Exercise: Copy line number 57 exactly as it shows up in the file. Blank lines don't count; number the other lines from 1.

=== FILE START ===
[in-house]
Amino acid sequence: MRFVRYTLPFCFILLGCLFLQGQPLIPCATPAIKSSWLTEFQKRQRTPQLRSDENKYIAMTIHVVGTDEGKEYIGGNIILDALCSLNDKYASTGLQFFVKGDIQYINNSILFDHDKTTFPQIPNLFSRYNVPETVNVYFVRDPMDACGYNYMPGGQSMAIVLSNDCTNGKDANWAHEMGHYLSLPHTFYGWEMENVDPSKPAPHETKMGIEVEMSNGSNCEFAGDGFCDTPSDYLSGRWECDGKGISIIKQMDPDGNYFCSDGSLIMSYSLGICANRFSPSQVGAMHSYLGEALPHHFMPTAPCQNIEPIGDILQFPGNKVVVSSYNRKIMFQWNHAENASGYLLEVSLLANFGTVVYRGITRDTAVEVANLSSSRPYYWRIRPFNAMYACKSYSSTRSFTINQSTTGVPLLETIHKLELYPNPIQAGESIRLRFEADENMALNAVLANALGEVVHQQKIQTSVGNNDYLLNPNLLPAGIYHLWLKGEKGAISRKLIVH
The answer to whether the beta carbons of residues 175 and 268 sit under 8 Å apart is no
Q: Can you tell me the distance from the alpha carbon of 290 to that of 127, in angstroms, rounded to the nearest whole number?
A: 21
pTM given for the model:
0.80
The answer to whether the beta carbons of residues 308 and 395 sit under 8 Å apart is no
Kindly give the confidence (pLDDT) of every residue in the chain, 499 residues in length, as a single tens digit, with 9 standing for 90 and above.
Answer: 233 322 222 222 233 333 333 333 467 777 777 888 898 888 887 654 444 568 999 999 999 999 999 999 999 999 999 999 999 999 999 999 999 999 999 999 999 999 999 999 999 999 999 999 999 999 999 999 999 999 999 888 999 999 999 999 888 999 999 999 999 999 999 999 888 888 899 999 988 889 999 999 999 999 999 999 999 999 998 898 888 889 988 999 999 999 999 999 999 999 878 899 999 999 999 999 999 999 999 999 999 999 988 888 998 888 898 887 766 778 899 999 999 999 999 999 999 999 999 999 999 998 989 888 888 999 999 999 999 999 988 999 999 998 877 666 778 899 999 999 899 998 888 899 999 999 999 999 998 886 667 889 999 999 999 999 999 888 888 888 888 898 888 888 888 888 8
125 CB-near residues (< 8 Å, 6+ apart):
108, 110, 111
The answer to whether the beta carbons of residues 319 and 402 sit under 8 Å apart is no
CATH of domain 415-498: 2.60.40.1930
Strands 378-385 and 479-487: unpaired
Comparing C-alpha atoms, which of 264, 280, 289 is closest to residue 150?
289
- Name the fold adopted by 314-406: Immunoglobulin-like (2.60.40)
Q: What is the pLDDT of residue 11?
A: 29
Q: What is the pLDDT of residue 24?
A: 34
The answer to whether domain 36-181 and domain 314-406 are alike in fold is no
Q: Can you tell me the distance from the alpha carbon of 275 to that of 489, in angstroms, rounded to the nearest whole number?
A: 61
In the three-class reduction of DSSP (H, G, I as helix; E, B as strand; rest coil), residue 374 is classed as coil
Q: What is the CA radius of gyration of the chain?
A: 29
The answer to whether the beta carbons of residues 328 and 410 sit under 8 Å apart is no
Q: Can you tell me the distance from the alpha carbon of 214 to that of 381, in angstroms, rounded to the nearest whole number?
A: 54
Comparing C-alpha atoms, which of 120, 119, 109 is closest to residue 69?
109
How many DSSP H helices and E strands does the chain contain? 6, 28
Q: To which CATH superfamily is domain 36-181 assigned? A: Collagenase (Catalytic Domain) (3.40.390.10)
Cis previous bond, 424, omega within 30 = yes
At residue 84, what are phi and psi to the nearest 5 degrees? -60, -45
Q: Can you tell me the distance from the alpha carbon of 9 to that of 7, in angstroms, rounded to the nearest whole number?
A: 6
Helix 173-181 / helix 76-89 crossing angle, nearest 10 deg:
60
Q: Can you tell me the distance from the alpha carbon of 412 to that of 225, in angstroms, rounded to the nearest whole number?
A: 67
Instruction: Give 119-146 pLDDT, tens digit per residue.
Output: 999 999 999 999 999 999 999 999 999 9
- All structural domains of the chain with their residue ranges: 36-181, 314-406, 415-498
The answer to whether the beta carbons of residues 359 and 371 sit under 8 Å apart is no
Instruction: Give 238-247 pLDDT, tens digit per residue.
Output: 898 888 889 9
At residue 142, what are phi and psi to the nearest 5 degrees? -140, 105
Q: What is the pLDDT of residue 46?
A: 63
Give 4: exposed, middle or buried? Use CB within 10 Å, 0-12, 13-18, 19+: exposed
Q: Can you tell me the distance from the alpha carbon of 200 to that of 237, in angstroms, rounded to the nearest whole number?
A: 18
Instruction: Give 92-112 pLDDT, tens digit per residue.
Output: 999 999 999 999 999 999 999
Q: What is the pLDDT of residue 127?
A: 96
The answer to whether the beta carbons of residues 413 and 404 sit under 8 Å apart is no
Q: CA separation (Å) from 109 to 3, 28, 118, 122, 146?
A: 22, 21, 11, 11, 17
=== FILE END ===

Output: 999 999 999 999 999 999 999